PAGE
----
HARTFORD, Conn. (AP) — In a story Aug. 3 about lawsuits against the estate of the mother of the man who killed 20 children and six adults at Sandy Hook Elementary School, The Associated Press erroneously described the plaintiffs involved in proposed settlements. The plaintiffs include relatives of 16 people who died in the shooting, not relatives of 14 people who died and two teachers who were injured.
A corrected version of the story is below:
Proposal: Families of Newtown victims would split $1.5M
Proposal: Families of Newtown victims would split $1.5M from estate of gunman's mother
By DAVE COLLINS
The families of more than a dozen victims of the Newtown school shooting rampage would split $1.5 million under proposed settlements of lawsuits against the estate of the gunman's mother.
The lawsuits filed this year accuse Nancy Lanza of failing to properly secure her legally owned Bushmaster AR-15 rifle. Her troubled son, 20-year-old Adam, used the rifle to kill 20 first-graders and six educators at Sandy Hook Elementary School in December 2012, after he shot his mother to death at their Newtown home with another gun.
The settlement proposals were disclosed in probate court documents filed Monday and first reported by The Hartford Courant. Joshua Koskoff, a lawyer for several families, told The Associated Press that about 16 families suing Nancy Lanza's estate would evenly split the $1.5 million and get about $94,000 apiece, if a state judge approves the plan.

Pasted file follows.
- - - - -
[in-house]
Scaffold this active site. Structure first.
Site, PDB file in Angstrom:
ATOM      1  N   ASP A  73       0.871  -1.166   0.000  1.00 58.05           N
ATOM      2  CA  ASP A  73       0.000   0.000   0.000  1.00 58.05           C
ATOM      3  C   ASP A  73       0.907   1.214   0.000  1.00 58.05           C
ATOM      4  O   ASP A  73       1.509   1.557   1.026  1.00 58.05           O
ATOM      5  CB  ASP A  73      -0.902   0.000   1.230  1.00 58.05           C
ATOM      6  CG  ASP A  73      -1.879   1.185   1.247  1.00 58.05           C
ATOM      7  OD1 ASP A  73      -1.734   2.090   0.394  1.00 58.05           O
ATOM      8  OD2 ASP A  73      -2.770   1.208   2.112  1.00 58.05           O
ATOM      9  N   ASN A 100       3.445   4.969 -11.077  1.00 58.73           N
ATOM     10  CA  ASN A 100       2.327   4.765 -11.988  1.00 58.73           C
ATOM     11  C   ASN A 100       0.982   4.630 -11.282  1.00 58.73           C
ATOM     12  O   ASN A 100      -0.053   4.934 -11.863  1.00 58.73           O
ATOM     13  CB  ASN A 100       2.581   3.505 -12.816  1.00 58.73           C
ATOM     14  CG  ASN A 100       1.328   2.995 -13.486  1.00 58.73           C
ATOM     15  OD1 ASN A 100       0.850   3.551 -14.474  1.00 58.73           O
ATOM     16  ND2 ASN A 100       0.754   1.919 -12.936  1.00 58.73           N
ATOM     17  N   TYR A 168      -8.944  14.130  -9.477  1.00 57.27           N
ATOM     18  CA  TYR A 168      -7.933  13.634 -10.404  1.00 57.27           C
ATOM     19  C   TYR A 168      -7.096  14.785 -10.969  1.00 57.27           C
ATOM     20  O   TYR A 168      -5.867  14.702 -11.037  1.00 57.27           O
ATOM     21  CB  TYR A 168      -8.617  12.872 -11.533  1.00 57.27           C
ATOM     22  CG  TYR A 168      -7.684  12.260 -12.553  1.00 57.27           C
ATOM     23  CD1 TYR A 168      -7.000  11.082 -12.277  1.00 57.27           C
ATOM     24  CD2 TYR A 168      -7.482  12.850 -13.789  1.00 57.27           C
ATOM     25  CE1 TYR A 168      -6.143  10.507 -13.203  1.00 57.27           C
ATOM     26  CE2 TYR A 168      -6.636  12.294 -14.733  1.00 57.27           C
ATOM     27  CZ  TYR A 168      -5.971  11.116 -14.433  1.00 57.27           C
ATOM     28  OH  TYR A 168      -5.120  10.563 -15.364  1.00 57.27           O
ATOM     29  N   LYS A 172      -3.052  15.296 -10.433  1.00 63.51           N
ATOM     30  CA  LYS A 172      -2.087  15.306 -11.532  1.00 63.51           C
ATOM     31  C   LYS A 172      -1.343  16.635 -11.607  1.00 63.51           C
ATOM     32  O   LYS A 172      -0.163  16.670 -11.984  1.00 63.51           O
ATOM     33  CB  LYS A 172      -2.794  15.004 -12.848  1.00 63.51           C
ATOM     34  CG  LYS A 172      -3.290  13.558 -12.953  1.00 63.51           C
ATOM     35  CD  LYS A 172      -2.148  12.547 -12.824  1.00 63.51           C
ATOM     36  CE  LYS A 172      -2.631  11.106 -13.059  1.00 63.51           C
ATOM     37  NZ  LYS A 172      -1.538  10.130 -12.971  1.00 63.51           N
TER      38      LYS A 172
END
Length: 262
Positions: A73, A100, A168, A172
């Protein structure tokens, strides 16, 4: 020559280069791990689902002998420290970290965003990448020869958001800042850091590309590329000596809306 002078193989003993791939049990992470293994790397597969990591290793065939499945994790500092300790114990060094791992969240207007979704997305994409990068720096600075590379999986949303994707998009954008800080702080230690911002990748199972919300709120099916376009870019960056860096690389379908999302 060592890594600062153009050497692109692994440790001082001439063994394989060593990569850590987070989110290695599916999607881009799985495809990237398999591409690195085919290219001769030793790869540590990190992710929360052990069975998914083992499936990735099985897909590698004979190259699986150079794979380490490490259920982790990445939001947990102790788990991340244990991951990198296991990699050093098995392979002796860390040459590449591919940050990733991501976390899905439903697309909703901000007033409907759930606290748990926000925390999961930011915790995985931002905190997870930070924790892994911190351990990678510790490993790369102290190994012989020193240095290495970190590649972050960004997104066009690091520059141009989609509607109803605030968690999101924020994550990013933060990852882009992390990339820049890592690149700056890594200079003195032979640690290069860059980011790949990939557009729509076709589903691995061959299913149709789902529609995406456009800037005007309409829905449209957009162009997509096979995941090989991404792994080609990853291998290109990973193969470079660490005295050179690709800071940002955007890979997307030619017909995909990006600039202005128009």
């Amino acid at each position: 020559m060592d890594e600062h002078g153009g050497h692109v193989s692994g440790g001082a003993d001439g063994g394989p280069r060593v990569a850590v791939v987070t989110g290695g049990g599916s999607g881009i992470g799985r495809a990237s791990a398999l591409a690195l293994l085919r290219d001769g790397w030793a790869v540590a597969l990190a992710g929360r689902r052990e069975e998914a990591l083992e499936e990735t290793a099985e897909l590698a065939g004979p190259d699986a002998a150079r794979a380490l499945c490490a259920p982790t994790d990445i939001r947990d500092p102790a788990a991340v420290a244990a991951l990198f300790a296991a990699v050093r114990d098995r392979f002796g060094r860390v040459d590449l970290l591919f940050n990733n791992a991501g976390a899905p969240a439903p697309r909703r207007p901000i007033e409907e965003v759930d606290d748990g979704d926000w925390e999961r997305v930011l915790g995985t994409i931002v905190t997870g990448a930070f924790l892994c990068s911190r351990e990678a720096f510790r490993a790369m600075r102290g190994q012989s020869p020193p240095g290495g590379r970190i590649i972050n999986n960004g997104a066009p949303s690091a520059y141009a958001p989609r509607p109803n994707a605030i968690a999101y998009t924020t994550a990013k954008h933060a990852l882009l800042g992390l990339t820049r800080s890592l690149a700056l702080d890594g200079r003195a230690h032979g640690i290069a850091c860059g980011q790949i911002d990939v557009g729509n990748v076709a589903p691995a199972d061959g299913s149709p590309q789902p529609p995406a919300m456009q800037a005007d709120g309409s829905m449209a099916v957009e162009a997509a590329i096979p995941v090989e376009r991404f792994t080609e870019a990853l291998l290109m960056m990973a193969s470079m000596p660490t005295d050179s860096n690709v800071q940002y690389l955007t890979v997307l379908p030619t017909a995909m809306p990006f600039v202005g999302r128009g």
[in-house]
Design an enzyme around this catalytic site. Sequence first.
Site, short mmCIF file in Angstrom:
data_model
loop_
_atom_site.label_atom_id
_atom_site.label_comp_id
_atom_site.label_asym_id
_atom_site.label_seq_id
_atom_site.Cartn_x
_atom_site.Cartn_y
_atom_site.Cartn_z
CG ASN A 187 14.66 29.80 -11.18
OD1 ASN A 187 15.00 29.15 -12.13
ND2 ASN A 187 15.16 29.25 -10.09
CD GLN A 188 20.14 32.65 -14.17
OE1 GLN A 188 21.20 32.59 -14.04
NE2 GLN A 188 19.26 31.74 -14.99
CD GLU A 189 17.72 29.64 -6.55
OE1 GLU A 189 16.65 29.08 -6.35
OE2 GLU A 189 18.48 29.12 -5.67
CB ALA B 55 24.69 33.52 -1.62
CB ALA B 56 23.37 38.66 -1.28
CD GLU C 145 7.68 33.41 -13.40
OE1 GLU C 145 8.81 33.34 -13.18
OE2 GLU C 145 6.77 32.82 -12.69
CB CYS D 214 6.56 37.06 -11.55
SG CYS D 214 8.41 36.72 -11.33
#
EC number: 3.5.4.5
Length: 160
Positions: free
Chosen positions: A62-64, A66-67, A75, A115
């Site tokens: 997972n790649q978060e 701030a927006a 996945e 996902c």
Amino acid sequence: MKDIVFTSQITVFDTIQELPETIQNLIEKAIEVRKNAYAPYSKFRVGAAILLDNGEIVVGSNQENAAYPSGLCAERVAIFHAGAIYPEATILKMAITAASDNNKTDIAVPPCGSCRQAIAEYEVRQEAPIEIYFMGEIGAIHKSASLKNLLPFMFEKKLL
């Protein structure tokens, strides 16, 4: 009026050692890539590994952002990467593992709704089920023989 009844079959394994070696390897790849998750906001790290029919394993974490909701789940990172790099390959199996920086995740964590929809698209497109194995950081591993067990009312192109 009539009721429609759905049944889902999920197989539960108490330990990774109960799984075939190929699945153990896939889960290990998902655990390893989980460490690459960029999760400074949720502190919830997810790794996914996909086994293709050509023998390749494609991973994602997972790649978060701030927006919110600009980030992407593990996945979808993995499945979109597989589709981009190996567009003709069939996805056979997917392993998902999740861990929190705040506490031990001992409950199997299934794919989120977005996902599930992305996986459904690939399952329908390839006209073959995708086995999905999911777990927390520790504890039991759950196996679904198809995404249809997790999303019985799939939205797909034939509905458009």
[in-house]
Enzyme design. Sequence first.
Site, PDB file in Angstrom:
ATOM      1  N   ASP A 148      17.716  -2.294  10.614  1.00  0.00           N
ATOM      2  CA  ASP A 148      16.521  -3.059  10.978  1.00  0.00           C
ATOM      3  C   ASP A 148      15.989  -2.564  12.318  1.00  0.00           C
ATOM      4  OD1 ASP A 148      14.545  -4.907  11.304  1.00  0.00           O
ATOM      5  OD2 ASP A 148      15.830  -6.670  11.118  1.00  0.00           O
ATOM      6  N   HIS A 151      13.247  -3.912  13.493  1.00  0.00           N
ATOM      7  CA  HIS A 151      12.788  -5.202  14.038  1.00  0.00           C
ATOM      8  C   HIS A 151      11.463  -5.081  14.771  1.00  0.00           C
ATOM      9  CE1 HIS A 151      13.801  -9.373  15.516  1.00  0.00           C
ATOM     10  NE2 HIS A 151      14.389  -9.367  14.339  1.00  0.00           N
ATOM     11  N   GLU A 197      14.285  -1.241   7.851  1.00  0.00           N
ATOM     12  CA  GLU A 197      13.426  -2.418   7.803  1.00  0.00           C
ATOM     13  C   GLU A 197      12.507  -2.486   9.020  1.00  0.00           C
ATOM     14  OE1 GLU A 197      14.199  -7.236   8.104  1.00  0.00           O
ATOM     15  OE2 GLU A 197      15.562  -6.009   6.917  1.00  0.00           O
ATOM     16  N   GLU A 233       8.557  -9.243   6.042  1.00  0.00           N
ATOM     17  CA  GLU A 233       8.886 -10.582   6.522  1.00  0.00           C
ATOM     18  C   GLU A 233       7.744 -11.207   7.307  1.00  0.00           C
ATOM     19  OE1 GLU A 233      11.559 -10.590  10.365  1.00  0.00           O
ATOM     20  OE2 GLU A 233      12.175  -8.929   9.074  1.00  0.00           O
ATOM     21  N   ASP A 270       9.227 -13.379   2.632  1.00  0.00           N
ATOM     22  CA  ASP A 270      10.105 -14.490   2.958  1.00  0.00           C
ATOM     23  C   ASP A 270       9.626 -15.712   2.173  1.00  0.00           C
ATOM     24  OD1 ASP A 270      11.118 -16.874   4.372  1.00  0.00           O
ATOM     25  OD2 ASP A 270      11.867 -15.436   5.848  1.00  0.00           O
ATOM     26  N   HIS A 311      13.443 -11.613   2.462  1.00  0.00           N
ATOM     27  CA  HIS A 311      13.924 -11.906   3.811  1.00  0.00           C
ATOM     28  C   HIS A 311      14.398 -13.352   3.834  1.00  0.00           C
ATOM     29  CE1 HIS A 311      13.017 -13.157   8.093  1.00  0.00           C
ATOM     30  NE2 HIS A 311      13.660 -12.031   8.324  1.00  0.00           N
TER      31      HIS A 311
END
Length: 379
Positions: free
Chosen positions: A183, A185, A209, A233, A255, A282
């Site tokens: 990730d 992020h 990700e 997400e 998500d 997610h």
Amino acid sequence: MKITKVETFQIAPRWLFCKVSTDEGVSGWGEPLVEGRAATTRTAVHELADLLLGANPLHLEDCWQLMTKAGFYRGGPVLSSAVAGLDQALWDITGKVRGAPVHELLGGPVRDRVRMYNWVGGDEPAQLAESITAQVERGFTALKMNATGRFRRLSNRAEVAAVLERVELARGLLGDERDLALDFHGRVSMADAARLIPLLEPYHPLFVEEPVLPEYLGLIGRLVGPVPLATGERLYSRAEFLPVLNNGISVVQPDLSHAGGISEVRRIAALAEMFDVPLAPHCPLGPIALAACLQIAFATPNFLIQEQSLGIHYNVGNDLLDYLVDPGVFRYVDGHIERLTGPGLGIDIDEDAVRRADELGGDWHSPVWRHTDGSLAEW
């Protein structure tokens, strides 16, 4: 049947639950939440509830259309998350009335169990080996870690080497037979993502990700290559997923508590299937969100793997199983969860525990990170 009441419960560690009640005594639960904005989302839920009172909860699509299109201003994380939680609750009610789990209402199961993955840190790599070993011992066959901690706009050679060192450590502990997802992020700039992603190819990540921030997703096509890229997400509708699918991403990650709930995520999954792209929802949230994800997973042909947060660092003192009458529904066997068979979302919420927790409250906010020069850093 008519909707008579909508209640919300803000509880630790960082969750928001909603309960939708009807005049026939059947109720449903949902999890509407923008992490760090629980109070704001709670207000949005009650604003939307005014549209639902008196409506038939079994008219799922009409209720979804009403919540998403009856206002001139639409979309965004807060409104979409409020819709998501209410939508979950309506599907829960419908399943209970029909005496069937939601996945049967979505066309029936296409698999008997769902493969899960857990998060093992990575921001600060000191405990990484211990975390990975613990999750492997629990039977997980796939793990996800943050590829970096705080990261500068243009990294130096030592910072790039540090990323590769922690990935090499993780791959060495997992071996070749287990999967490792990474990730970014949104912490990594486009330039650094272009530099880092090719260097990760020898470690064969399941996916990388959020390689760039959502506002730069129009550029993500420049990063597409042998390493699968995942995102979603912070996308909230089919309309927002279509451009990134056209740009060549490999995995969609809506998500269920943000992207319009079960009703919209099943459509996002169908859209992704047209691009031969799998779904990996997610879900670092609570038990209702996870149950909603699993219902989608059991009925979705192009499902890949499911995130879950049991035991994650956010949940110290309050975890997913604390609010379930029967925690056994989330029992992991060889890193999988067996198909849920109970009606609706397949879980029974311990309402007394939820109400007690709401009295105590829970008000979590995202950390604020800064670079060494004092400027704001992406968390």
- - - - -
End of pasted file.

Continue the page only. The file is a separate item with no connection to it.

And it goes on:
The lawsuits seek to collect on Nancy Lanza's homeowner's insurance. Koskoff said homeowner's insurance applies when a person is injured as a result of an unsecured firearm in a home being accessed by a third party. Koskoff said he and other lawyers are representing the families for free.
"All the parties got together to make this as equitable under the circumstances as it could possibly be," Koskoff said, adding the lawsuits were largely "symbolic" and a reminder that gun owners must be scrupulous about securing their weapons at home.
Koskoff said victims' families are more focused on their pending wrongful death lawsuit against defendants including gun maker Remington, saying the Bushmaster AR-15 should not have been sold for civilian use because of its overwhelming firepower.
The lawyer for Nancy Lanza's estate, John Majewski, did not immediately return a message seeking comment Monday.
The plaintiffs in the lawsuits against Nancy Lanza's estate are relatives of 16 people who died in the attack.